Capital Commentary is the weekly current-affairs publication of CPJ, written to encourage the pursuit of public justice.
Upstream, Part One
September 23, 2011
by Gideon Strauss
In recent correspondence with a couple of my friends about the Center for Public Justice’s approach to slow politics, one of my friends wrote that “… in many cases we know what just policy is, but that policy is difficult to enact—not only because of the particular nature of our political system—but also because the culture does not see that particular policy as just.”
Our correspondence reminded me of a statement often made by my friend Steven Garber: “Culture is upstream of politics.” This is sentiment I share, although, along with Michael Gerson, I recognize that sometimes—as was the case for the civil rights movement—politics is upstream of culture.
What then, are our cultural responsibilities, upstream, if we want to see wise policies enacted, and responsible politics practiced? As best as I can tell there are three biblically prompted insights of which we need to remind American culture again and again.
First, people matter. If the United States of America, as a political community, is committed to anything, it is committed to individual freedom. The Declaration of Independence commits the nation to “Life, Liberty, and the pursuit of Happiness,” and in doing so draws on a tradition of thinking about human life that holds a very high view of the individual human person.
This high view of the human person is unimaginable without the influence of biblical religion. The human person is celebrated as the culmination of God’s creation of the world in the Bible’s poetry from Genesis to the Psalms, and human agency is emphasized in the Bible’s persistent call on people to work, to take responsibility for justice, and to turn away from evil.
It is this high view of the human person that has sustained the American struggle against racism, from the abolition of slavery to the civil rights movement, to the continuing struggle for equal recognition in the face of more complex and subtle racisms than those of the past. And it is this high view of the human person that causes me to be confident that in time America will develop a deeper care, also in law and policy, for the lives of unborn children.
But this emphasis on human dignity requires persistent maintenance, less we succumb to attitudes and beliefs that allow us to treat our fellow Americans, or our neighbors around the globe, as less than human.
Second, community matters. One danger with America’s high regard for the individual, is that it can easily slip over into an individualism. Which makes me grateful for the complementary American tradition of regard for the social dimension of our lives, of which Alexis de Tocqueville remains the paradigmatic exponent.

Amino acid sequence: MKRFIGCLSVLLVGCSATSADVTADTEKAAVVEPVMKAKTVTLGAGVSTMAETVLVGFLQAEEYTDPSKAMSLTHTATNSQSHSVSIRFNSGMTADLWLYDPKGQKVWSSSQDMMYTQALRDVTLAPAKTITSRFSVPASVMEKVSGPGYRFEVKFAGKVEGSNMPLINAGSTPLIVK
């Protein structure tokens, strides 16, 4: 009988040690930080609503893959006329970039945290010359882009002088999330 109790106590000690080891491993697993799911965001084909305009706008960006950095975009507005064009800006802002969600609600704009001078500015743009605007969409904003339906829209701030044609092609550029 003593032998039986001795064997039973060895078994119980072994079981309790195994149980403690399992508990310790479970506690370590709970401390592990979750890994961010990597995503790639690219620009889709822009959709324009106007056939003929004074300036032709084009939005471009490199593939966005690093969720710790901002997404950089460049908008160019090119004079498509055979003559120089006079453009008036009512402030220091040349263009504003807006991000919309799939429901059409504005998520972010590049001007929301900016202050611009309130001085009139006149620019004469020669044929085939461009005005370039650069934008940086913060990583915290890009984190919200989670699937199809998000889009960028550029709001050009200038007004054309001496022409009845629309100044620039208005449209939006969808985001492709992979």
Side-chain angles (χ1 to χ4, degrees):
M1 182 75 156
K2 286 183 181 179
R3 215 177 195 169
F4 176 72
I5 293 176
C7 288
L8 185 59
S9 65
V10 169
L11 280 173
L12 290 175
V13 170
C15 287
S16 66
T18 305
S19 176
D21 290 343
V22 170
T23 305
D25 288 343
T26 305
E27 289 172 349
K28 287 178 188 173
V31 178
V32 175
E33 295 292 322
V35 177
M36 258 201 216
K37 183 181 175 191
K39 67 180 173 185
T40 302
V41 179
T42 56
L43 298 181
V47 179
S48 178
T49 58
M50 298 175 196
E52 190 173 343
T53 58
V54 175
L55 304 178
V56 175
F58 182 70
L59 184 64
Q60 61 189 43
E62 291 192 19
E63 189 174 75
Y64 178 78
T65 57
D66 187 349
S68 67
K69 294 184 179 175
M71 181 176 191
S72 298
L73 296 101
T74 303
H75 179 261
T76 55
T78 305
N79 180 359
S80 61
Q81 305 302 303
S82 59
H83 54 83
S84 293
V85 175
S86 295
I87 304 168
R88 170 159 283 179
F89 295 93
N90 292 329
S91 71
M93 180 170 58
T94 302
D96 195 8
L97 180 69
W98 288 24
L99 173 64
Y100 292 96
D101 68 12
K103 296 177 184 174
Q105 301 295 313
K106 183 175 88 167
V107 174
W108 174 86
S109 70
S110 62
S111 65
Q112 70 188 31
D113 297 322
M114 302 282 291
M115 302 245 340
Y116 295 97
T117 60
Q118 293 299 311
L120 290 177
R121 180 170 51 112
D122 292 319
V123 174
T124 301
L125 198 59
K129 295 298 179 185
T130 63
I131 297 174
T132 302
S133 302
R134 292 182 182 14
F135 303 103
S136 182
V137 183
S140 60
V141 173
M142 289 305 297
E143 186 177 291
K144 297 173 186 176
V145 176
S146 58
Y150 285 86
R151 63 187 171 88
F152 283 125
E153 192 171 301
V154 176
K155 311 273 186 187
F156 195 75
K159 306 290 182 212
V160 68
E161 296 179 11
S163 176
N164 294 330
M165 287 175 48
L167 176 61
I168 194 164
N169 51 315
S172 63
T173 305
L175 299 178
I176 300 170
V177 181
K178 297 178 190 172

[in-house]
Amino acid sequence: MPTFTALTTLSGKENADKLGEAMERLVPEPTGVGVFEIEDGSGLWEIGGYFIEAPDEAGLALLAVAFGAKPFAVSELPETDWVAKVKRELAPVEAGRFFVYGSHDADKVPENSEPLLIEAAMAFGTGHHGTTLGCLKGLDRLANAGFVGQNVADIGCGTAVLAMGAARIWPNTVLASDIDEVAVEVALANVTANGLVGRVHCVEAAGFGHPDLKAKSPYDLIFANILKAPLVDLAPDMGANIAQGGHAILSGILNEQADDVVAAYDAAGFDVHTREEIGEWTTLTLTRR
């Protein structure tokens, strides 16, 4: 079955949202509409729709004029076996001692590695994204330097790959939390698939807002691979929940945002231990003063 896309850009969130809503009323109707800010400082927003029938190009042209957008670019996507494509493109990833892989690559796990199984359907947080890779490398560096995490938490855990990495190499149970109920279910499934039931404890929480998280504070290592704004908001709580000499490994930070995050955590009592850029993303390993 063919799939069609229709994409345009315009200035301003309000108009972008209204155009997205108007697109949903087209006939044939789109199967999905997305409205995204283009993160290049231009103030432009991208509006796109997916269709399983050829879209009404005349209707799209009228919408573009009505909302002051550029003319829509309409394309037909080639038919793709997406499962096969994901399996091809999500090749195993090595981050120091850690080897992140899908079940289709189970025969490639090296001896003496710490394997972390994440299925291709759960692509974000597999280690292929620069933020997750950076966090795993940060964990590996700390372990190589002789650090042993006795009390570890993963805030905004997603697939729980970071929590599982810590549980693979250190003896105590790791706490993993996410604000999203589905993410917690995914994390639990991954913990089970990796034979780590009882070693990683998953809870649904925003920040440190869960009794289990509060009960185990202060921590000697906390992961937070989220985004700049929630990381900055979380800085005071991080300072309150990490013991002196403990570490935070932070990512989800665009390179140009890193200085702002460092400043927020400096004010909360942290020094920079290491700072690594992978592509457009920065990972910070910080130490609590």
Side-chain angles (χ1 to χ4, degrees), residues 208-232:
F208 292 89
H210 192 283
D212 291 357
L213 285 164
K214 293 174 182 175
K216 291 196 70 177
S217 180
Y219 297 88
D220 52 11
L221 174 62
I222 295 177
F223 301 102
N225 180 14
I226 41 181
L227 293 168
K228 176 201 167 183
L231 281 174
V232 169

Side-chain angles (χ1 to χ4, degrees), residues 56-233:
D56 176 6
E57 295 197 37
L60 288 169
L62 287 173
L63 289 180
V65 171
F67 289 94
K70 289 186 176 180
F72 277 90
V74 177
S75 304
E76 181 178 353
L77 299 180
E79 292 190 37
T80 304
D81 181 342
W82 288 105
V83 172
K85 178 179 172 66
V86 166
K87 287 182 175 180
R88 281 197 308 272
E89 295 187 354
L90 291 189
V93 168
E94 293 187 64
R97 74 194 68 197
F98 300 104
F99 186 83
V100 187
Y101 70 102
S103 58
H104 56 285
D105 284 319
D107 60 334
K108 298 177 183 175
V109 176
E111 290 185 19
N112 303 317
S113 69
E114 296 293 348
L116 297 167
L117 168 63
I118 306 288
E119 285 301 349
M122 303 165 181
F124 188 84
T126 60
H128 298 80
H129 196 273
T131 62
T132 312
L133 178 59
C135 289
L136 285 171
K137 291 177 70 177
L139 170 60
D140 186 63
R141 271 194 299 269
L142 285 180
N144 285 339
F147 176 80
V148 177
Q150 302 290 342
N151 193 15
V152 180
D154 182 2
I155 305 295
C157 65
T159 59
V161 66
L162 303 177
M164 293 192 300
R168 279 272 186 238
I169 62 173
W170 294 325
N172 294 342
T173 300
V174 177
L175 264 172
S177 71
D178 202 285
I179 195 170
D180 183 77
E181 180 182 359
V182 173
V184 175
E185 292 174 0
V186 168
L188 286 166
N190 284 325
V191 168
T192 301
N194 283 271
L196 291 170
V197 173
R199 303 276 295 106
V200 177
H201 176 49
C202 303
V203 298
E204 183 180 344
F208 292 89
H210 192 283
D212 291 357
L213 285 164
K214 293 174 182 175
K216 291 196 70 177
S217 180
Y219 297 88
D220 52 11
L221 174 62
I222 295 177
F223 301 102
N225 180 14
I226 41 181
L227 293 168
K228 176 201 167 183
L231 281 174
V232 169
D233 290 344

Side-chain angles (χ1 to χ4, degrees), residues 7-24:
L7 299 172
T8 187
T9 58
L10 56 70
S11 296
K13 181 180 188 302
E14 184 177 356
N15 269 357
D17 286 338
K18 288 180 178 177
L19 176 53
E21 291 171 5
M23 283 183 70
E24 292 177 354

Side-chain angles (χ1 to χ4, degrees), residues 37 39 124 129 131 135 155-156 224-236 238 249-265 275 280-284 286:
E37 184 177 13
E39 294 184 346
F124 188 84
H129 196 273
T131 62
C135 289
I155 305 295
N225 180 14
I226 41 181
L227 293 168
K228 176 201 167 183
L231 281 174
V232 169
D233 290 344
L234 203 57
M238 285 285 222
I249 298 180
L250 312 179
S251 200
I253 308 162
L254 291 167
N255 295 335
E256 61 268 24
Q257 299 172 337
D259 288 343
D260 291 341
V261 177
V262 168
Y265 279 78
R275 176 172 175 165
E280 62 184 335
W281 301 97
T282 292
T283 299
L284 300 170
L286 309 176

Human beings are made for relationship. We are, by nature and calling, neighbors to one another. A high view of the social nature of the human person also derives from the teachings of the Bible, and its call to love our neighbor.
Individualism threatens institutions—like marriage—the health of which is a prerequisite for the health of a society at large. Our regard for solidarity is as important as our regard for individuality.
Finally, we need less cynicism and more hope. American politics in this particular moment is marked by rancor and cynicism. In particular, on the Right, cynicism about government, and on the Left, cynicism about business. As another friend remarked in the correspondence I mentioned above, “… many folks in Christian circles think that markets are [either] inherently evil or the total salvation of an economy, so when it comes to creating policy that involves markets in any way, folks have a knee-jerk reaction to the policy … regardless of how just the changes may be, because of the camp they are coming from.”
But both statecraft and commercial enterprise are noble callings. Both the state and the market are necessary institutions. Both political and economic life are arenas in which common grace restrains evil and enables human flourishing.
America needs less cynicism about government from the political Right, and less cynicism about business from the Left. And, in general, just less cynicism! This is another cultural contribution Christians can make, upstream of politics—perhaps the greatest contribution: being bearers of hope.
People matter. Community matters. Less cynicism, more hope. These are convictions that we need in our culture if our politics is to be healthy, and if we are to enact wise policies.
In Part Two: How do we nurture these convictions?
—Gideon Strauss is a Senior Fellow of the Center for Public Justice.
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Capital Commentary is a weekly current-affairs publication of the Center for Public Justice. Published since 1996, it is written to encourage the pursuit of justice. Commentaries do not necessarily represent an official position of the Center for Public Justice but are intended to help advance discussion. Articles, with attribution, may be republished according to our publishing guidelines.”